சோற்றுக்கணக்கு - A Valued Meal

சோற்றுக்கணக்கு - A Valued Meal

There is a high chance that you may not have heard about “Kettle Sahib”. He owned a  restaurant abutting Sri Padmanabha Movie Theatre, off the Thiruvananthapuram Bazaar road roundabout. Circa 1960-1970, had a Thiruvananthapuram denizen not dined at his restaurant, he must be a vegetarian. He was running that restaurant until his demise  1978.

While his relatives still continue to serve meals at the same original premises on these days, as a filial respect, his son has been devolving the legacy of father in a new brand name of “Mubarak hotel” with the ample of  ‘father and sons’ offshoot restaurant chains across the city. Ever palatable fish curry and succulent chicken gravy tastes scrumptious even today. Crowds swarming to the restaurant, joining the waiting queue and then eat, as though each day a high season. A neo-adage “Amateurs visit Thiruvananthapuram, but professionals consummate, dining at Mubarak hotel” is widely believed across the meat-eating trenchermen of Kerala.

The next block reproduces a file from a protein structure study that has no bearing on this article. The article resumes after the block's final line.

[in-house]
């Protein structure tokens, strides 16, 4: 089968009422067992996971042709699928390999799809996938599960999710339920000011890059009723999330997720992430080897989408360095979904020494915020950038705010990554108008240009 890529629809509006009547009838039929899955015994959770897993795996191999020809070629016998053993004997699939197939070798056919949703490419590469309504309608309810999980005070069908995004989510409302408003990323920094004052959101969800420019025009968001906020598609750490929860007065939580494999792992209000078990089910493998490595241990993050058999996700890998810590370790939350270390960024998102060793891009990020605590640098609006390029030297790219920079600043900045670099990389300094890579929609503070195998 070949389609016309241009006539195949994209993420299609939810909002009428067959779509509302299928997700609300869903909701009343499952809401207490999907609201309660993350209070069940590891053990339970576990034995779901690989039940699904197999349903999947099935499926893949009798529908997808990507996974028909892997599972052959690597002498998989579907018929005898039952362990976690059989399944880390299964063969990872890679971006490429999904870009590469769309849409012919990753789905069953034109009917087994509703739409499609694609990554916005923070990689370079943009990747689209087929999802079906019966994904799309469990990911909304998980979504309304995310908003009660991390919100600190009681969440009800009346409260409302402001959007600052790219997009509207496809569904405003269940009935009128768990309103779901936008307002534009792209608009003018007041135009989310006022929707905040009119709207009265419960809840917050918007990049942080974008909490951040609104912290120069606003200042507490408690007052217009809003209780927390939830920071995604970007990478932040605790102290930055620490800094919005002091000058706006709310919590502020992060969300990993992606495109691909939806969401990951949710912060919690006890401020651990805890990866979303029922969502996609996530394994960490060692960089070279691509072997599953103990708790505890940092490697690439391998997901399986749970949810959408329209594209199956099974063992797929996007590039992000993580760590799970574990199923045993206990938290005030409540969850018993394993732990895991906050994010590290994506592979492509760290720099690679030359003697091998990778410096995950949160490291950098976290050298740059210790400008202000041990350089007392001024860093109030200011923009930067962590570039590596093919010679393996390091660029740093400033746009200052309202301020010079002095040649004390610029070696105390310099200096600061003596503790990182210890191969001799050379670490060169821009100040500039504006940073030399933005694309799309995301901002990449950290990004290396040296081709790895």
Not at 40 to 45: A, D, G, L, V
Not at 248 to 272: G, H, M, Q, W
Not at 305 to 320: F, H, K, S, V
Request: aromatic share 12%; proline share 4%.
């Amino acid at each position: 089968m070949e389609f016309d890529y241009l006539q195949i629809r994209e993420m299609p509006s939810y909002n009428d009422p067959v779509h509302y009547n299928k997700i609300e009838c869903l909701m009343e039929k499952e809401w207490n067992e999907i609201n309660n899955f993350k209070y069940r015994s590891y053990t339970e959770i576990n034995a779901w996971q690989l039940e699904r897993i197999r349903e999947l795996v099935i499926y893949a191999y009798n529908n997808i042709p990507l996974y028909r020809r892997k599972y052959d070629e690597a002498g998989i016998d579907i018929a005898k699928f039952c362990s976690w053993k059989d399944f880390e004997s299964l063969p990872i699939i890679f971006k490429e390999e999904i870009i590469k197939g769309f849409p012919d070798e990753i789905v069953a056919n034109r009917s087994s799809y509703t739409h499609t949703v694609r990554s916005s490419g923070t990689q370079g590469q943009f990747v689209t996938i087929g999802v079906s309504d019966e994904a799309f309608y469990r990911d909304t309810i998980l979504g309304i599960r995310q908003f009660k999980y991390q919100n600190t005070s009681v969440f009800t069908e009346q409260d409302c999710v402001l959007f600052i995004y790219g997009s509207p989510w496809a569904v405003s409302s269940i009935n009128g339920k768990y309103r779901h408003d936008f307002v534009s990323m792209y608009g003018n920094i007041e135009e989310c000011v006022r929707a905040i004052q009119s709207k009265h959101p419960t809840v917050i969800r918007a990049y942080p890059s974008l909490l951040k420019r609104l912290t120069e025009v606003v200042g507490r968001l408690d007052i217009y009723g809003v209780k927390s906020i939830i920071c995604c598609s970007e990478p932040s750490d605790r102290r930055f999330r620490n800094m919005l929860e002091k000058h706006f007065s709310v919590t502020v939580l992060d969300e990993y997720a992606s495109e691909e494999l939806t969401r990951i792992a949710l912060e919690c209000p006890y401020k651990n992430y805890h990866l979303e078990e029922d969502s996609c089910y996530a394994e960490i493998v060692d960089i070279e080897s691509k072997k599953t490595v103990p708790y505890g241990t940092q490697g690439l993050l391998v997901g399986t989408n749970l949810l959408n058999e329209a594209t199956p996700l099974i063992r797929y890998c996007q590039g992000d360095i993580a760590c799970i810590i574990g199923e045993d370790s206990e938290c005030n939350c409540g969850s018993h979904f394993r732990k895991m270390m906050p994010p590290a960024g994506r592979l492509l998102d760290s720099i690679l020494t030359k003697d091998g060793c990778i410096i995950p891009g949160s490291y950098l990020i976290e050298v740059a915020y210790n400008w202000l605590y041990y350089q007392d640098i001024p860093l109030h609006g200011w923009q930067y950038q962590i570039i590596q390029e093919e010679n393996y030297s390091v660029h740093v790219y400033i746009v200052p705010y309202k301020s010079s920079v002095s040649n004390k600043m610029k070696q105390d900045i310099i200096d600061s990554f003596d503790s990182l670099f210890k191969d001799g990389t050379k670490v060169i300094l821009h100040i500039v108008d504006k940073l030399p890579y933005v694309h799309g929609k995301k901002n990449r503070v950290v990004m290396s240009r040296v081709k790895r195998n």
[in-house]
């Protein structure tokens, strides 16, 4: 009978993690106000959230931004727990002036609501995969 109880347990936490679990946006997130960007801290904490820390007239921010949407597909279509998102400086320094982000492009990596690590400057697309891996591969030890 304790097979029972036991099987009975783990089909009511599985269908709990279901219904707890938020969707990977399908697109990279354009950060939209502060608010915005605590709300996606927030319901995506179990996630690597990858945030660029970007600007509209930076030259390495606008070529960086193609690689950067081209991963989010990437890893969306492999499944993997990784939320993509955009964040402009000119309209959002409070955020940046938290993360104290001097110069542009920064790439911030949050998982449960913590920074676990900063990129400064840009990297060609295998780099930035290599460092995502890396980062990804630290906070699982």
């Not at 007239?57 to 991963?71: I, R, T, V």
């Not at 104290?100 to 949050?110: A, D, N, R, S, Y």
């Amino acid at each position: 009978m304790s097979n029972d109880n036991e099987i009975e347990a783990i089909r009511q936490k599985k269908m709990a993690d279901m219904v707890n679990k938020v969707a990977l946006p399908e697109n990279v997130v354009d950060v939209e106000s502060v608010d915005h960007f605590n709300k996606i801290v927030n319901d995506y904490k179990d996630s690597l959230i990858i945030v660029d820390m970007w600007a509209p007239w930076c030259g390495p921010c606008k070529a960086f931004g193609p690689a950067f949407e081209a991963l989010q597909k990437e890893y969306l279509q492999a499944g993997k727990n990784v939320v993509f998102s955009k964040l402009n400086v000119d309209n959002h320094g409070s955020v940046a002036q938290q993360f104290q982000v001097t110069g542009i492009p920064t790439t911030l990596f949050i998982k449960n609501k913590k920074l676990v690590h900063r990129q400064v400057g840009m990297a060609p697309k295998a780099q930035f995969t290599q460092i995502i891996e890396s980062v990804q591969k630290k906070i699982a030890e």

There is something legendary about restaurateur Kettle Sahib. Allow me to narrate that.

These days, the restaurant is running under a tin-roofed, twig wattle fence gabled, wooden shelter filled with uncluttered bamboo cane strapped chairs and benches, inside a retroussé tipped alleyway. It was a coconut leaf thatch roofed, 15x8 feet shed, sort of a bothy, in those early days. Amiably ventilated four-way open shed, endowed with a persistent patter of rain during the diuturnal monsoon of Kerala. Nevertheless, the ever thronging crowd seldom slumped.